This time last year, we were buying new signs, sending proofs to Santa Fe for new business cards, and in my case, cleaning out an office that had way too much stuff in it until 11:30 at night. The first “day in the office” was November 2nd, but Hannah Parsons and Benjamin Day joined the tribe at Selley Group one year ago today on November 1st, 2010.
Both of us have experienced our best year ever. Hannah is closing five sides in six days right now. She has already had her best year ever, and I’m having my most profitable. But the signature of our first year together, which started with a lot of audacious, “we’ll do this better and that better” sorts of strategic planning is this: being.
Good writing isn’t supposed to use the passive voice in American English. You’re not supposed to get introspective and Shakespearean with your “to be’s and not to be’s”. The Bard was a deep thinker and what was going on beneath the surface – be it torment or motivation – was as important as what was going on above the surface. But American English doesn’t like the “passive” inner voice. It likes action verbs. It likes moving forward. The most American of presidents was Teddy Roosevelt, and he embodied everything American by constantly rushing forward in a whir. He was the Rough-Rider who took San Juan Hill for crying out loud.
Constantly rushing forward in a whir is tempting. Real Estate succumbs to 24/7 action-verb life pretty easily. On the surface, our production numbers this year are tangible metrics for what we’ve accomplished. They don’t even begin to tell the story however. The story starts in the passive voice of being.
This year has been a journey for both Hannah and I. Real Estate as an industry is in tumult. The failings of our industry caused the Great Recession and the continued sputtering in this enormous sector are continuing the malaise. We are surrounded constantly by the grouchy, the upside-down, the burned-out, the flighty and the burned. Real Estate for decades has embodied the American Dream for both practitioners and owners: start your own small business and be self-directed; enjoy the fruits, benefits and pride of home-ownership. Today, it embodies American Angst: live in fear of your business failing, act out of lack of trust, scheme, plot and scratch to keep your head above water; make all your decisions out of a spreadsheet, and allow the mistakes of the past to carry-over into the present and future where they are destined to reappear. We have begun year six of a less-than-thriving industry. The number of agents practicing in our business is down 40% from October 2007.
The origins of our partnership came from the problems of going 24/7 into American Angst, and the hope for something a bit better and more humane. There should be a little happiness in your work. You should have peers and allies. There should be a thoughtful perspective to share the results of a well test. There should be an empathetic listener when buyers’ choose to default. There should be a way to have a life for four or seven or fourteen days at a time without cell coverage. There should be a way to be a spouse and a parent without worrying about a transaction. There should be a way to not have to bring home the weight of so many burdens, every evening, every day.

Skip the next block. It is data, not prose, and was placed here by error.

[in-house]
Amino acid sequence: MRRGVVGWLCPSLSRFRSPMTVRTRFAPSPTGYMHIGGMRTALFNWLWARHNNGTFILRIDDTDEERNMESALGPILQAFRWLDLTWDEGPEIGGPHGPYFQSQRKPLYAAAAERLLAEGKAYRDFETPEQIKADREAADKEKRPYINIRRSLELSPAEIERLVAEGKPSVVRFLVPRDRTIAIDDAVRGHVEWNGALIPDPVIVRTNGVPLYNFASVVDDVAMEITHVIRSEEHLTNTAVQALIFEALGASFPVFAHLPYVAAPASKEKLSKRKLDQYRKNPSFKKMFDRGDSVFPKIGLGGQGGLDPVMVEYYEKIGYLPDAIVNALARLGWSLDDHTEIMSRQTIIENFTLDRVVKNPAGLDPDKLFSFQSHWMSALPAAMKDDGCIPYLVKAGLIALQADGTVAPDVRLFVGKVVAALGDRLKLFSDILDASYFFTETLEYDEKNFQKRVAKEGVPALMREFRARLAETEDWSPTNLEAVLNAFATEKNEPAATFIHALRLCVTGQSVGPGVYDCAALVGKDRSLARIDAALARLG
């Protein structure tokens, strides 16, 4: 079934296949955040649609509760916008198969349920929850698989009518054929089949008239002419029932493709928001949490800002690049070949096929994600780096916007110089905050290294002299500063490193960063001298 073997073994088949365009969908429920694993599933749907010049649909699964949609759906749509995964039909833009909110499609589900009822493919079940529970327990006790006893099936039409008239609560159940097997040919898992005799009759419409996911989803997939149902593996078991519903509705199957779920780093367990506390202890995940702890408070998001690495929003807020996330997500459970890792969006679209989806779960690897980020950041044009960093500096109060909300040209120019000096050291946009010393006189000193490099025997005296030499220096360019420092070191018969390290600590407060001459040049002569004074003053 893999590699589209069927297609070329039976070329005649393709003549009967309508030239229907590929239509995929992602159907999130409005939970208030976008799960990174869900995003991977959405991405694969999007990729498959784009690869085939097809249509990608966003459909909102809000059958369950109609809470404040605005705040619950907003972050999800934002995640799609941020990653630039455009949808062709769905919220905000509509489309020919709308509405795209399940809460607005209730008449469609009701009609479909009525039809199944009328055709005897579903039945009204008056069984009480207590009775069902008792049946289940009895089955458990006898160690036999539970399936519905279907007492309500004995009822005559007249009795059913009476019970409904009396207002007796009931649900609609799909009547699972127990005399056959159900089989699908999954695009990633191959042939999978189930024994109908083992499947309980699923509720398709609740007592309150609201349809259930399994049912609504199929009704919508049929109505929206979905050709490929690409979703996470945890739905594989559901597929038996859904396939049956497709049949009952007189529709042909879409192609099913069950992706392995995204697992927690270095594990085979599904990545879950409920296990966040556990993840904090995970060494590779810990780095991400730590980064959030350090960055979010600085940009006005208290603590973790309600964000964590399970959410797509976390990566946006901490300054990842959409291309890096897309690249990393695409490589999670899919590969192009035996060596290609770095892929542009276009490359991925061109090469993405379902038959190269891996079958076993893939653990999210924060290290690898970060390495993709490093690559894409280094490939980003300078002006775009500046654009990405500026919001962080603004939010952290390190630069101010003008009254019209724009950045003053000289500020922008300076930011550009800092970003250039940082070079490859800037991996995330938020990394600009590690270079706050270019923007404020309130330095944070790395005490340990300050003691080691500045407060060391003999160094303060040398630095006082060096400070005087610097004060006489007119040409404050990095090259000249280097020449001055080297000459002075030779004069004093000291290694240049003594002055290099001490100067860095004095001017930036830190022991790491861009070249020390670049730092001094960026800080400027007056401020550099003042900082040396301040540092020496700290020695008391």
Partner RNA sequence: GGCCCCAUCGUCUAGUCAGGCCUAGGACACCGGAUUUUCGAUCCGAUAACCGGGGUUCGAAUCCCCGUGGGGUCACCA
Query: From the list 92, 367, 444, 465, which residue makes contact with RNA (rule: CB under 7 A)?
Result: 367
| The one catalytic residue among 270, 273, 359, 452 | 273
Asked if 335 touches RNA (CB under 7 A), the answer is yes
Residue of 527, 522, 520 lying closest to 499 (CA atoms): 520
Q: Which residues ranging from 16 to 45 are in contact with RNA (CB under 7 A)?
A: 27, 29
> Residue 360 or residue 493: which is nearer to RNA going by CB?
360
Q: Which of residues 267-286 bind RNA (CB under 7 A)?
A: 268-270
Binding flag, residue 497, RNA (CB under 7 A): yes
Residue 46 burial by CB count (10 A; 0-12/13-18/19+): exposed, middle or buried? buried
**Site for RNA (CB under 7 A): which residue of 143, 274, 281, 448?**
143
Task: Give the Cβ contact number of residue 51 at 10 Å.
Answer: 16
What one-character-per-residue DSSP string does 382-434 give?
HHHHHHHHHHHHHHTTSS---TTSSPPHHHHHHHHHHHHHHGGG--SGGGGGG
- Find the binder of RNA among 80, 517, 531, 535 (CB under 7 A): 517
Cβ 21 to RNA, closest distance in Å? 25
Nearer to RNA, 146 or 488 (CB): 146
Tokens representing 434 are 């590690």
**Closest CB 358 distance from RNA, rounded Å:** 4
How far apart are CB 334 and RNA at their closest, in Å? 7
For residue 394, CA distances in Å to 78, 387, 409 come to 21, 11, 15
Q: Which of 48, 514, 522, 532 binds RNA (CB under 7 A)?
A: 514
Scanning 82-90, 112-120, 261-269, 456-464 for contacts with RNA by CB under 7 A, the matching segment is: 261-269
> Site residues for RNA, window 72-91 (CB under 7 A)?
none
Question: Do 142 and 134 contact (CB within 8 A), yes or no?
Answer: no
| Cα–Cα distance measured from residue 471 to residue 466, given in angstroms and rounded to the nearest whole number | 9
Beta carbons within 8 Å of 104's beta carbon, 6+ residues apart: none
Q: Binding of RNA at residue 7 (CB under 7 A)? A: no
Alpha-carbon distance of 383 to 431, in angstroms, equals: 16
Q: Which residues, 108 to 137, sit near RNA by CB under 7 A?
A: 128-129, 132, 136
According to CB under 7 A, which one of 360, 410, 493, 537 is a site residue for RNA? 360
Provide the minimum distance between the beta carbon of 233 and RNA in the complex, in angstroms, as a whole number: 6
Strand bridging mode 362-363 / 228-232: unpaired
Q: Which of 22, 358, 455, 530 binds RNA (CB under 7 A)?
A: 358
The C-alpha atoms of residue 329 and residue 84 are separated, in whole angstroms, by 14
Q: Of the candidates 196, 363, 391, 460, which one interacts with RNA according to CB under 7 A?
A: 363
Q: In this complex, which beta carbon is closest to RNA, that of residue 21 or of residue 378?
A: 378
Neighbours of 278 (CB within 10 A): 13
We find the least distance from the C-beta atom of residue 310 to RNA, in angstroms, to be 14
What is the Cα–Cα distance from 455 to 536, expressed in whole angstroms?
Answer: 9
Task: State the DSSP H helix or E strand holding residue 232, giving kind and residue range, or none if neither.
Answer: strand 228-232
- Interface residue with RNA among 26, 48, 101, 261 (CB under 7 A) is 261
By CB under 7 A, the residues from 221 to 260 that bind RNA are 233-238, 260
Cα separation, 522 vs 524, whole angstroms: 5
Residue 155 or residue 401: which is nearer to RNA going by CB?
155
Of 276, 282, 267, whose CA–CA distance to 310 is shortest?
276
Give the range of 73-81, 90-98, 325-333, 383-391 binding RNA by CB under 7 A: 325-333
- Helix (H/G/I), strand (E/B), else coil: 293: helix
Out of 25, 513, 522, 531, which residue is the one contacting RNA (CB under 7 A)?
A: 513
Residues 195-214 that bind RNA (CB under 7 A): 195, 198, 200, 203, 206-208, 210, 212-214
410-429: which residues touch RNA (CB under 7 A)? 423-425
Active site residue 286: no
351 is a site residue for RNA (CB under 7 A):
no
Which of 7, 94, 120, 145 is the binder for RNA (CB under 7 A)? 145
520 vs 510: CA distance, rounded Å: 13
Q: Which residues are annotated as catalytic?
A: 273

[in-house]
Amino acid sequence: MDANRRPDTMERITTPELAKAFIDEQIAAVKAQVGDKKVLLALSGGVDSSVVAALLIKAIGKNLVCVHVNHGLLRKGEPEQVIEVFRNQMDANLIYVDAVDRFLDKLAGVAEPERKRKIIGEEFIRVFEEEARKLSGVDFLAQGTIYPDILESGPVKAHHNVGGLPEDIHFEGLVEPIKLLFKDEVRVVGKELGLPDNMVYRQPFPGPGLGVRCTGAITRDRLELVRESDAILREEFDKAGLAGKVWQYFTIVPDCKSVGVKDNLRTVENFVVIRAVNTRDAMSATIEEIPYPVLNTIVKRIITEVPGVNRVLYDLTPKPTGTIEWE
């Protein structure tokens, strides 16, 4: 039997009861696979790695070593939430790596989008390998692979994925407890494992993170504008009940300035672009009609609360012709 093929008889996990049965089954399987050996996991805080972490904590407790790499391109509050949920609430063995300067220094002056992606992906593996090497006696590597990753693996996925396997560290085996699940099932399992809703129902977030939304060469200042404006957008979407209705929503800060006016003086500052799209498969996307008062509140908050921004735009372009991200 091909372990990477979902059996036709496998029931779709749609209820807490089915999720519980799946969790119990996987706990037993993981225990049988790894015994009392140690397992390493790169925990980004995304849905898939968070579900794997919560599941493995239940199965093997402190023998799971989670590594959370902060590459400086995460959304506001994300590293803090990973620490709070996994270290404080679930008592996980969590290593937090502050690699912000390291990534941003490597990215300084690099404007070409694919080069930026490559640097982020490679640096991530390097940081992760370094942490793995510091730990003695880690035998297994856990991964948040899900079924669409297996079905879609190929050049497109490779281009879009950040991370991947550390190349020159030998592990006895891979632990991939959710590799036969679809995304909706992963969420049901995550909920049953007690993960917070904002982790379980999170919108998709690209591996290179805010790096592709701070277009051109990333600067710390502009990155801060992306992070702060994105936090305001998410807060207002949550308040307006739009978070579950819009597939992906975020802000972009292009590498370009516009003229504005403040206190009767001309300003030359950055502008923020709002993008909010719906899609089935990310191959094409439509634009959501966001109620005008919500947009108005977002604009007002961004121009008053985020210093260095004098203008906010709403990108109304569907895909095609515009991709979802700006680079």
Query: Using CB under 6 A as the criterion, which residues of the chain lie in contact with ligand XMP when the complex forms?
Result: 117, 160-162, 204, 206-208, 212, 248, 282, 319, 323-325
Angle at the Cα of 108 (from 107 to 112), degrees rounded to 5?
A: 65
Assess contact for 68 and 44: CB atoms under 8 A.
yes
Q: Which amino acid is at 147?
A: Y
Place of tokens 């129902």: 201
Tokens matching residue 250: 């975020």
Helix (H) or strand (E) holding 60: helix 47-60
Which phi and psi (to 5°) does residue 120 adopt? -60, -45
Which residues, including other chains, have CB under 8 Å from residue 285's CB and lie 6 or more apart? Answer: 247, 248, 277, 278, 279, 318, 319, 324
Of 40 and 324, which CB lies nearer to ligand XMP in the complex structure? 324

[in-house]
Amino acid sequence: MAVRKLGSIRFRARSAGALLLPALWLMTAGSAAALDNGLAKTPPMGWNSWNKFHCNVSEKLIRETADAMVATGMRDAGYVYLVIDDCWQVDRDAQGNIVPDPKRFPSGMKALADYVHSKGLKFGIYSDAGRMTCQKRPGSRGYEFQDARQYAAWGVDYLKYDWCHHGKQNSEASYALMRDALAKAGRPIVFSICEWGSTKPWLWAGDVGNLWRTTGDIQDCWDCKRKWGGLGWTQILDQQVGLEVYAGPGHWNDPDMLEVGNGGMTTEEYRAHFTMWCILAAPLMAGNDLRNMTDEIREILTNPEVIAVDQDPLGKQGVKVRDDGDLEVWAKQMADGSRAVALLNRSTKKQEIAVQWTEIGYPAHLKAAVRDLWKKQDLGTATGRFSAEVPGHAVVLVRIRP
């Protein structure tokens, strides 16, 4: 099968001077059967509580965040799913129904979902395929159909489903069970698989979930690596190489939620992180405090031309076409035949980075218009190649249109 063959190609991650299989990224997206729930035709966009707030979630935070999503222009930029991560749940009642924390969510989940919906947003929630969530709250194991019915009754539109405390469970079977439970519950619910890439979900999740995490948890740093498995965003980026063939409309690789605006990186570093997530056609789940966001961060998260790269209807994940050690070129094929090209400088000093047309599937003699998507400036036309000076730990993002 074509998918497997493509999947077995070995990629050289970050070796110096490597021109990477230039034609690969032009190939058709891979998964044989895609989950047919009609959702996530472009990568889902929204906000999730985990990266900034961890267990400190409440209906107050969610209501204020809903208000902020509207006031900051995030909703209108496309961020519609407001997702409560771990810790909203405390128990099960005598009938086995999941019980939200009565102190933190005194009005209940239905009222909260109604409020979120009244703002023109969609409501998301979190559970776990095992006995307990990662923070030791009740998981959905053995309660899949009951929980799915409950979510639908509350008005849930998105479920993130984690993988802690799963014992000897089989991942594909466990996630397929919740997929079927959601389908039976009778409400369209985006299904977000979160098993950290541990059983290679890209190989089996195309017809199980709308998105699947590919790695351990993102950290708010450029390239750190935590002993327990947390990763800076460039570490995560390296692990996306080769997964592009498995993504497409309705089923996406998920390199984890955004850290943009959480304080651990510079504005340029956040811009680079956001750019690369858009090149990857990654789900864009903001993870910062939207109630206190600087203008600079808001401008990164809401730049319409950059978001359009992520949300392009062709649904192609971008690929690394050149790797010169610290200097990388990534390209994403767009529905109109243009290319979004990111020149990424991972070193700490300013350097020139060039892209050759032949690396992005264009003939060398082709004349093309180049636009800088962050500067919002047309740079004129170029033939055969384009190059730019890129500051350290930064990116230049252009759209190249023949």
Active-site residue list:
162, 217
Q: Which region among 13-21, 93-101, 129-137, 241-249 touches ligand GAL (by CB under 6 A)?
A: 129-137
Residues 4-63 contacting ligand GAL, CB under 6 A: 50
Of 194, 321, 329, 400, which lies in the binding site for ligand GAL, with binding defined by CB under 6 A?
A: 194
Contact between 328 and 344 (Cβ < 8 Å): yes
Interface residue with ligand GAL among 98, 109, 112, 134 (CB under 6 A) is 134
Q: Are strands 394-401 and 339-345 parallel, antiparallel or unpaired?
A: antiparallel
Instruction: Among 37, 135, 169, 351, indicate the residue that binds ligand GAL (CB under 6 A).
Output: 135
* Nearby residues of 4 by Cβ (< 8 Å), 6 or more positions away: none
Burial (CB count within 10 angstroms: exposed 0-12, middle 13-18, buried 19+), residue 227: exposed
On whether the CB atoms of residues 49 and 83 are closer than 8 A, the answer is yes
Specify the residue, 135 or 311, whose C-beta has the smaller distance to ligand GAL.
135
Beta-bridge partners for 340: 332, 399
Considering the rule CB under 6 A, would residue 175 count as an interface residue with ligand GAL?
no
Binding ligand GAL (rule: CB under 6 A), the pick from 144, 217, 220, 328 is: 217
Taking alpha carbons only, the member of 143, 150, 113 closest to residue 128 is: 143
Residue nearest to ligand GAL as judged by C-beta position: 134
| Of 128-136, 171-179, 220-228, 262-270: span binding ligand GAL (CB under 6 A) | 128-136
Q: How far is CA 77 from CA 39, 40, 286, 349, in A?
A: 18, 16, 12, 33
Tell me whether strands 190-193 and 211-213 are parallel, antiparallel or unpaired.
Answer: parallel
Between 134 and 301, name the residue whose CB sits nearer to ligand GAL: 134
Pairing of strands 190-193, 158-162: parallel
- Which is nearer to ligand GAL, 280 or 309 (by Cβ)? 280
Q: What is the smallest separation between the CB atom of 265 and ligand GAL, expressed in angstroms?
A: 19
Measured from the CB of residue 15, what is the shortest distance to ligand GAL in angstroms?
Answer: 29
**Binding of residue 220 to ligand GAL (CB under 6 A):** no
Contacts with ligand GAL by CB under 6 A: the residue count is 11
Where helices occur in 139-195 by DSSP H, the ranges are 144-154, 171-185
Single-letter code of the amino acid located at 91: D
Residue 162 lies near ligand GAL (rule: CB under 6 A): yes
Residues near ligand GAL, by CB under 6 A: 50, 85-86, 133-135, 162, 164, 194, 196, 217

Pikes Peak Urban Living is a joint marketing venture. Sometimes we share clients where I will do a listing and Hannah the buy side, and presently, behind the scenes, we are creating a fantastic, online, client-resource as a shared project. But what we’ve accomplished in our first year is a little more balance, a little more space, a little more focus, a little more perspective, and a little more presence. The culture of our business does not typically brag about increasing value per hour or being able to stay at home with a sick child or carving pumpkins on the front lawn on a 65 degree Sunday afternoon, but that’s what we wanted to be about when we started this 365 days ago, and that’s what we are becoming.
And there is that passive verb, yet again. It’s a journey. It’s not defined by actions and activities and metrics achieved and other metrics unfulfilled; instead, it is defined by Hannah being able and wanting to rush out to cover an appraisal appointment for me last Friday night when an appraiser scheduled an appraisal on a vacant house on 2 hours notice (instead of the usual 1-2 days) and I had Trunk or Treating with the kids and Amy was in Virginia. Or me covering for Hannah tonight at an appointment with an architect because she’s supposed to be at a closing that got delayed, and Bob can be home at that hour to be home with sick kids.
If this sounds to you like it’s all about us, well you bet it is. And if you’re wondering how this benefits you, ask yourself this: do you want an agent that’s tired, burned-out, making short-cuts in life and has no money in their bank account and therefore cannot give you advice without personal sacrifice or compromise? Or do you want someone that has an ally, a larger perspective and is making sustainable business decisions with constant accountability?
After one year, we can’t say at all “Mission Accomplished.” We’re on a journey. We’re trying to live a better story. We’re embracing the “be”. We can say we have cut superfluous chatter, reduced distractions, given it our all, and been happier with our business than we have in years.
Thanks for journeying with us as we embark on year two.